But, don’t let the challenging backdrop provided by the weather put you off. Just make sure to pack a windproof jacket and a scarf to protect yourself from the dusty wind. April is one of the most industrious times of year for herders and one of the most fascinating times of year to experience Mongolia – especially with the newborn offspring and the cashmere harvest.
Here are two comments from guests who travelled with us in April:
‘Highlights? Connecting with locals, the great guides, your accommodating vegetarians, the gers and new borns, and the sense of security we felt and the knowledge of the drivers and guides. And how well you read us and what we were wanting to experience.’
‘Spending time with the herding families and having Nymka and Turuu answer my questions allowed me to a have full, satisfying experience and really engage with Mongolian culture/life/people.’
Visit for – the Kazakh New Year of Nauryz, the start of the livestock giving birth, and the cashmere harvest. ”
Late May to August, the busiest time of year for international visitors. Expect a mixed bag weatherwise – changeable with sunshine most days, but also cloud and rain with some humidity.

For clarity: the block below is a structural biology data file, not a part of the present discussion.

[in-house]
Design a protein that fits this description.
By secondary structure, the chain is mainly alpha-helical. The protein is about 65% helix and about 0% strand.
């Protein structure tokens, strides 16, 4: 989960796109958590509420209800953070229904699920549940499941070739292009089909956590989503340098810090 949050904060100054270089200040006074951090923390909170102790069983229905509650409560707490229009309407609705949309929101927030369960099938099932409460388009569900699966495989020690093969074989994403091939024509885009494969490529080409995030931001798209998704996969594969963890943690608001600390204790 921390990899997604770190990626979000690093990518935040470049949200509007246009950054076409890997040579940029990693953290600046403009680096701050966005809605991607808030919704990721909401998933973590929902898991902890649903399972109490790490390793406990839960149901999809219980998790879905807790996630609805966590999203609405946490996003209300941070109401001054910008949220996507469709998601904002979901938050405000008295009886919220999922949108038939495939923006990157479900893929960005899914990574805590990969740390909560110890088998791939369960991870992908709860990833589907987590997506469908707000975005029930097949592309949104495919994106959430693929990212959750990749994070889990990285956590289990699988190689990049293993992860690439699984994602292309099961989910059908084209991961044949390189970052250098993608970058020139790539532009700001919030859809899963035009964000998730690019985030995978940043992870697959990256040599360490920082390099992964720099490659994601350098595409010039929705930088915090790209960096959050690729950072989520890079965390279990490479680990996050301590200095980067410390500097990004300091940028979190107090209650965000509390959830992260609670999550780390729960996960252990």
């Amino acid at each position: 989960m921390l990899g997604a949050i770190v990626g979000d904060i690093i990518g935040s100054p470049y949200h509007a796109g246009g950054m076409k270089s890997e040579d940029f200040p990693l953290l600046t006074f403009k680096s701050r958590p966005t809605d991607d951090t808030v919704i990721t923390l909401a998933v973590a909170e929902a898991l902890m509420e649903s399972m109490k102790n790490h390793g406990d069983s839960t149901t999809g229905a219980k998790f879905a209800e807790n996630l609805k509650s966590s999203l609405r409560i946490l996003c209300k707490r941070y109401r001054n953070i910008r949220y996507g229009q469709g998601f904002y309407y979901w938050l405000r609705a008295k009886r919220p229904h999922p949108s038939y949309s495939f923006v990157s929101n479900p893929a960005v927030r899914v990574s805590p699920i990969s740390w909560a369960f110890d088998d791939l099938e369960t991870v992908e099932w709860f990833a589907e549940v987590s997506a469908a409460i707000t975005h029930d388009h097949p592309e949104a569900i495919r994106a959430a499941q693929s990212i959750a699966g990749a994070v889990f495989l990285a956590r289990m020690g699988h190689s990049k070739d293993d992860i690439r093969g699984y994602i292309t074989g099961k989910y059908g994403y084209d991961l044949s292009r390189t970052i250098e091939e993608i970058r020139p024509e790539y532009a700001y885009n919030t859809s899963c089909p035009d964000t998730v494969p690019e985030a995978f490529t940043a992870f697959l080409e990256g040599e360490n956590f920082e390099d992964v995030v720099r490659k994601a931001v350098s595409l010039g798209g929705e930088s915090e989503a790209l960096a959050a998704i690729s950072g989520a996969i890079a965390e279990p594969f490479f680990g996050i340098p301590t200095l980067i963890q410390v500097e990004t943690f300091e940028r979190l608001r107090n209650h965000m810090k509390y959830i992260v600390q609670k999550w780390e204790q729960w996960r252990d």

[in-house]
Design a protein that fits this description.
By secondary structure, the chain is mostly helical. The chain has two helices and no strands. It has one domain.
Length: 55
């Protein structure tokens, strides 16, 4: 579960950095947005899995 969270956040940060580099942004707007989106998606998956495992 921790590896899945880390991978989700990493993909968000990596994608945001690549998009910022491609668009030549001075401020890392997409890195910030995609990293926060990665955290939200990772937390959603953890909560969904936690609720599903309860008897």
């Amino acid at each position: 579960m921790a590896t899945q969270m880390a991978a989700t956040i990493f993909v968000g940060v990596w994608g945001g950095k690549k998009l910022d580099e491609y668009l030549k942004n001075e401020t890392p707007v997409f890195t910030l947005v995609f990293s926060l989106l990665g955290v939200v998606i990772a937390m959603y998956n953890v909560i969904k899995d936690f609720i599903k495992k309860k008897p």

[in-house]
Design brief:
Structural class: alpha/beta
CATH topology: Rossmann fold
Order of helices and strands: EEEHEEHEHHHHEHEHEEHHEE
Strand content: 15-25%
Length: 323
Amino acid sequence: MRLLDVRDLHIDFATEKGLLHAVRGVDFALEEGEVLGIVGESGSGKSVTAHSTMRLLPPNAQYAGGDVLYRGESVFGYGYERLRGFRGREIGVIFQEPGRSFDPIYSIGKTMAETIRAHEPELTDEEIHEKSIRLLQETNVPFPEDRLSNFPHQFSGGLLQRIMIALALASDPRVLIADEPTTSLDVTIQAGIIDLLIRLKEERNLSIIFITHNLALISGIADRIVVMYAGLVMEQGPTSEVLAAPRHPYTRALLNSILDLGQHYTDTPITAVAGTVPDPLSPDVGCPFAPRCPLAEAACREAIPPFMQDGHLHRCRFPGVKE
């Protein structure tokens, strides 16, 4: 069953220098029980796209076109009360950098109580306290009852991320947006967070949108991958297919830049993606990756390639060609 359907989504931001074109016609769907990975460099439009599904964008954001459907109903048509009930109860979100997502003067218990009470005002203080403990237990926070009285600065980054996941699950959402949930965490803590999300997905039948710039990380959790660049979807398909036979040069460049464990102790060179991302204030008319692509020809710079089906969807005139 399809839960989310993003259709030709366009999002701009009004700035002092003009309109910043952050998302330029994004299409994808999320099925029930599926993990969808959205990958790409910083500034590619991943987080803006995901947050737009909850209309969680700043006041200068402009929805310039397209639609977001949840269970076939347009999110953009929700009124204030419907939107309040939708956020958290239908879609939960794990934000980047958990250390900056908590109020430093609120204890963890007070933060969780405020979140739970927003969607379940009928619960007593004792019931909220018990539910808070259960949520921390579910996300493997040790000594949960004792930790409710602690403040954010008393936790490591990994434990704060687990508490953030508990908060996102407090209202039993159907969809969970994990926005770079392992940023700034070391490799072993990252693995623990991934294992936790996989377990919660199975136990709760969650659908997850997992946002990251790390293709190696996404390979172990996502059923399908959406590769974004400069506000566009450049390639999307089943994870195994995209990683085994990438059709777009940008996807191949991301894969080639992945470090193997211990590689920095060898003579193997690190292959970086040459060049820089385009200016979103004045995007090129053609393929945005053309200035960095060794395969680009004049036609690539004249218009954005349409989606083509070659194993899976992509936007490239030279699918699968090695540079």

Summer is one of the busiest times of year for Mongolian herding families. Family life is fluid at this time of year as July and August bring summer rains that bring fresh grass growth and livestock are moved looking for the rich summer pasture so they can fatten, enabling them to survive the harsh winter. Summer is also known as the White Season due to the processing of the livestock’s milk into other dairy products such as airag (fermented mare’s milk), orom (clotted cream) and aruul (hard cheese).
Visit for – the highlight of the Naadam Festival (the Three Manly Sports), the Yak and Felt Festival, the Danshig Naadam Festival, a general insight into the herding way of life, and green steppe.
September and October, not very crowded, dry, sunny, clear and cool. Day 0-20°C; Night -5 to +5°C
There is a Mongolian saying that goes, ‘Autumn is after Naadam’ and in the Mongolian Lunar Calendar, autumn is often highlighted as starting around August 6-8. Naturally, autumn is a time of spectacular colour.